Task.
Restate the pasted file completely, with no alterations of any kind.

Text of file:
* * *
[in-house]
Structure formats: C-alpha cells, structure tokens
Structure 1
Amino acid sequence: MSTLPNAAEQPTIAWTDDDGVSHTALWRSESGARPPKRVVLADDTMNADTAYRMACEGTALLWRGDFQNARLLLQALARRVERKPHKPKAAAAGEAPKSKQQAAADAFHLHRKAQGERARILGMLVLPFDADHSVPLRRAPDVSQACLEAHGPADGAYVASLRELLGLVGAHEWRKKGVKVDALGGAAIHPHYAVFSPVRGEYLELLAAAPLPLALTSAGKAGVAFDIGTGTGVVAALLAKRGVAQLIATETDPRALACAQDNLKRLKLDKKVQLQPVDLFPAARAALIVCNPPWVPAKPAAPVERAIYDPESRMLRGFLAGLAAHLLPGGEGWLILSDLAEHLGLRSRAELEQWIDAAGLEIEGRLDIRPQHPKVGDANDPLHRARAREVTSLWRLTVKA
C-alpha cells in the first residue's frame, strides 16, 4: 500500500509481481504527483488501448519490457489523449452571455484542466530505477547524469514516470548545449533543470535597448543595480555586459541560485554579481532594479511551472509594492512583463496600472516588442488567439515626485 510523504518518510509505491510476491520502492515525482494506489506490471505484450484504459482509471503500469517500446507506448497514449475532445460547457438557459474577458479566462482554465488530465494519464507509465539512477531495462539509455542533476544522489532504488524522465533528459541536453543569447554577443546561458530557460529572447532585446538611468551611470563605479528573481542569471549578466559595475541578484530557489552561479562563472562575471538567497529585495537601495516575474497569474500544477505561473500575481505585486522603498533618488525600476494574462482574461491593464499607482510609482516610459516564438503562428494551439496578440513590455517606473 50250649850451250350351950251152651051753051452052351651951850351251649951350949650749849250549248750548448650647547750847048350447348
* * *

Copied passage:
[in-house]
Structure formats: C-alpha cells, structure tokens
Structure 1
Amino acid sequence: MSTLPNAAEQPTIAWTDDDGVSHTALWRSESGARPPKRVVLADDTMNADTAYRMACEGTALLWRGDFQNARLLLQALARRVERKPHKPKAAAAGEAPKSKQQAAADAFHLHRKAQGERARILGMLVLPFDADHSVPLRRAPDVSQACLEAHGPADGAYVASLRELLGLVGAHEWRKKGVKVDALGGAAIHPHYAVFSPVRGEYLELLAAAPLPLALTSAGKAGVAFDIGTGTGVVAALLAKRGVAQLIATETDPRALACAQDNLKRLKLDKKVQLQPVDLFPAARAALIVCNPPWVPAKPAAPVERAIYDPESRMLRGFLAGLAAHLLPGGEGWLILSDLAEHLGLRSRAELEQWIDAAGLEIEGRLDIRPQHPKVGDANDPLHRARAREVTSLWRLTVKA
C-alpha cells in the first residue's frame, strides 16, 4: 500500500509481481504527483488501448519490457489523449452571455484542466530505477547524469514516470548545449533543470535597448543595480555586459541560485554579481532594479511551472509594492512583463496600472516588442488567439515626485 510523504518518510509505491510476491520502492515525482494506489506490471505484450484504459482509471503500469517500446507506448497514449475532445460547457438557459474577458479566462482554465488530465494519464507509465539512477531495462539509455542533476544522489532504488524522465533528459541536453543569447554577443546561458530557460529572447532585446538611468551611470563605479528573481542569471549578466559595475541578484530557489552561479562563472562575471538567497529585495537601495516575474497569474500544477505561473500575481505585486522603498533618488525600476494574462482574461491593464499607482510609482516610459516564438503562428494551439496578440513590455517606473 50250649850451250350351950251152651051753051452052351651951850351251649951350949650749849250549248750548448650647547750847048350447348